Although this is a great novel, it is certainly not the best that this author can produce. The follow-up, set in the same world, is a far more accomplished novel and if you like 'Perdido Street Station' you will love 'The Scar'.
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on 17 January 2017
Cant believe this got a hugo, dull and tedious, not a lot happens expect some stuff about giant mothswhich are supposed to be "terrifying" NOT recommended
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on 2 May 2017
Mieville has been hailed as some kind of genius for this work. Personally I found all the distorted 'races' smacked of unconscious racism and xenophobia. Otherwise quite enjoyable, but if you really want sf and fantasy that provokes social discourse buy 2000AD comic.
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on 19 March 2001
That said, the dark, almost medieval atmosphere is conjured up most effectively and the idea of a world like our own, but gone strangely awry, is undoubtedly compelling. The inhabitants of the City have an understanding of "chymistry" and physics akin to that of a modern day alchemist and ally this with "thaumaturgical", i.e. limited magical or supernatural power, to achieve their idiosyncratic technology. This peculiarly employed and strangely dated technology, and the cumbersome ways of achieving many of the things we take for granted, are intriguing. Mieville has also come up with some inspired life forms to populate his city: the Kephri and Weaver are particularly evocative. The man sized Garuda are also an interesting development of a classic myth and restoring flight to one who has lost his wings is a central theme in the book. However,how do you get past the old schoolboy problem of angels: where are the muscles to power their wings and how can all that weight ever be lifted?. That may be a bit pernickety, the real flaw is that the ideas in the book are over stretched. Far, far too much space is devoted to constant reference to places: it is intrusive and completely unnecessary. The map at the beginning is a bit of a giveaway and re-affirms my suspicion of any science fiction book that needs such a detailed geographic map to guide the reader. Places and scenery should be generated by, and flow naturally from, the passage of the characters through the narrative, as they do in a "Snowcrash" for example. The topography should be secondary, rather than dominant, yet one feels that for Mieville the map and the names and the rail lines are an end in themselves! Many readers are going to find themselves skipping over repetitive and superfluous descriptive passages. The book would be a far better one if less rein were given to this grandiose world designing and the plot was allowed to flow a little better. Perhaps Perdido is intended to be the setting for a series of novels; if so, maybe the plot and the characters should be allowed more space on the stage and less time and room be devoted to the backdrops.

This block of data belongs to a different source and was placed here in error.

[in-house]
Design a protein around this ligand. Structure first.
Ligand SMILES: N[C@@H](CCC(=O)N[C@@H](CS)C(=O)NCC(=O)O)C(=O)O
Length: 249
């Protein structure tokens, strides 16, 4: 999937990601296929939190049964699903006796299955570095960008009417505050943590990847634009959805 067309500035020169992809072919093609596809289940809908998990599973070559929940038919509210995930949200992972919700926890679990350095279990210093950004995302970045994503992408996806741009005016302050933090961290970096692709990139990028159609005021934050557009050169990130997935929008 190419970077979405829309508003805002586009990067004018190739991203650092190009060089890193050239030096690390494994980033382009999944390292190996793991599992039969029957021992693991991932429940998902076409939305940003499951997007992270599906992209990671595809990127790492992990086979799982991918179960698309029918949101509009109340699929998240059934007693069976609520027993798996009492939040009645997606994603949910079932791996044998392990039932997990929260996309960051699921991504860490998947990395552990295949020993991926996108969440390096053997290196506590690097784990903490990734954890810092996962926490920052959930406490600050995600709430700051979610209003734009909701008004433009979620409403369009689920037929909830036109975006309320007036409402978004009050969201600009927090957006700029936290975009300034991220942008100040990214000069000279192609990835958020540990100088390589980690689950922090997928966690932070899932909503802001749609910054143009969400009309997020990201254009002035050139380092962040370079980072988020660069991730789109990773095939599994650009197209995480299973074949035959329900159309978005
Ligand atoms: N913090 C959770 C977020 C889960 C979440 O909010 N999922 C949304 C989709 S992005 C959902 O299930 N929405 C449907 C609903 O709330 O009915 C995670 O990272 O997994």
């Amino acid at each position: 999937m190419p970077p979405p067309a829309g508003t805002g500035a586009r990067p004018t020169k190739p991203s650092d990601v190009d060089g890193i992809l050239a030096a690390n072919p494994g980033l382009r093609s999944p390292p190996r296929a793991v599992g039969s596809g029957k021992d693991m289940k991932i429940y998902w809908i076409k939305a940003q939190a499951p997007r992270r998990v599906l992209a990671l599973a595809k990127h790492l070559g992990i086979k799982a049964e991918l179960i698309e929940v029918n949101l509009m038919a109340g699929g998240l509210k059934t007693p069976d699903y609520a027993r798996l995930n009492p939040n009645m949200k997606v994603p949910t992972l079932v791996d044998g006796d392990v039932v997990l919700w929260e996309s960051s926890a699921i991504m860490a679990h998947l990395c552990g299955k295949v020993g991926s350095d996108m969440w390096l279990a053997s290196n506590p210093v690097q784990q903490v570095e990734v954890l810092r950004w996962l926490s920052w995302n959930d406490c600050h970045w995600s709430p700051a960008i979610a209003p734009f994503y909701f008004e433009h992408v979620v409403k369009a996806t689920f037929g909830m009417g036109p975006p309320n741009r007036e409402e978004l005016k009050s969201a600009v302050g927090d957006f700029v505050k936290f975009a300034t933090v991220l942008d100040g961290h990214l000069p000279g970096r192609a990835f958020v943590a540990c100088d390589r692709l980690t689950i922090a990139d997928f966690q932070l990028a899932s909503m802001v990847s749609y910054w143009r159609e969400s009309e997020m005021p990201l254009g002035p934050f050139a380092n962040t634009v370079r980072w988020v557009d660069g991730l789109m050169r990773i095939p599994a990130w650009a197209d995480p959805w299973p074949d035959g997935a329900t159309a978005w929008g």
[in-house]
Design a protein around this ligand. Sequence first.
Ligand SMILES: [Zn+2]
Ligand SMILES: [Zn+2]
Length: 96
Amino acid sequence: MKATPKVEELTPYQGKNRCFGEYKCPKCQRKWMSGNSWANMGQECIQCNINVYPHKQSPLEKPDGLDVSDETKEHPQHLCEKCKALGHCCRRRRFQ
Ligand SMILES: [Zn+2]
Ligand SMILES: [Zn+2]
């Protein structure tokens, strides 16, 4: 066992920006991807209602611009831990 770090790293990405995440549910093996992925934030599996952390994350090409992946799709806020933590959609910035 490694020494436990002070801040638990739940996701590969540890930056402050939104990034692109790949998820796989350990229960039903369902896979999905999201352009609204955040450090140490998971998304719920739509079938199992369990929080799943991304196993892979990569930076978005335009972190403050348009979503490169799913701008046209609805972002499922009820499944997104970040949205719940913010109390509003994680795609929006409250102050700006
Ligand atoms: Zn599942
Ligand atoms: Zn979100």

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on 5 December 2003
This book was bought for me by my dad one CHristmas, a few months after it came out. I was slightly weary of it, as my dad had said he had found it difficult to get into, and me and him usually have similar book-tastes.
All i can say is that i am so glad i gave the book the benefit of the doubt. THis is probably my favourite novel ever! the City of NEW Crobuzon is literally alive,and the immensly deep descriptions which put off some only empahsized Mievilles amazing writing style for me.His characters develop fantastically throughout the book, and with their development we are left many morals for real-life which simply don't exist in other books.
All in all this is an AMAZING book, and i highly reccomend it to anyone who is looking for a refreshing new direction for sci-fi/fantasy, away from all the Elves and Secret Agents.
Also see The Scar, the sequel to Perdido Street Station. anaother fantastic book from Mieville. This author has a bright future ahead of him.
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This is the second novel by China Miéville I've read. The first was Kraken... which I loathed.

Why, then, did I read Perdido Street Station? Partly, I think, because a friend recommended it and assured me it wasn't awful. And partly because I actually want to like China Miéville. I didn't hate Kraken with glee. I hated it with immense disappointment.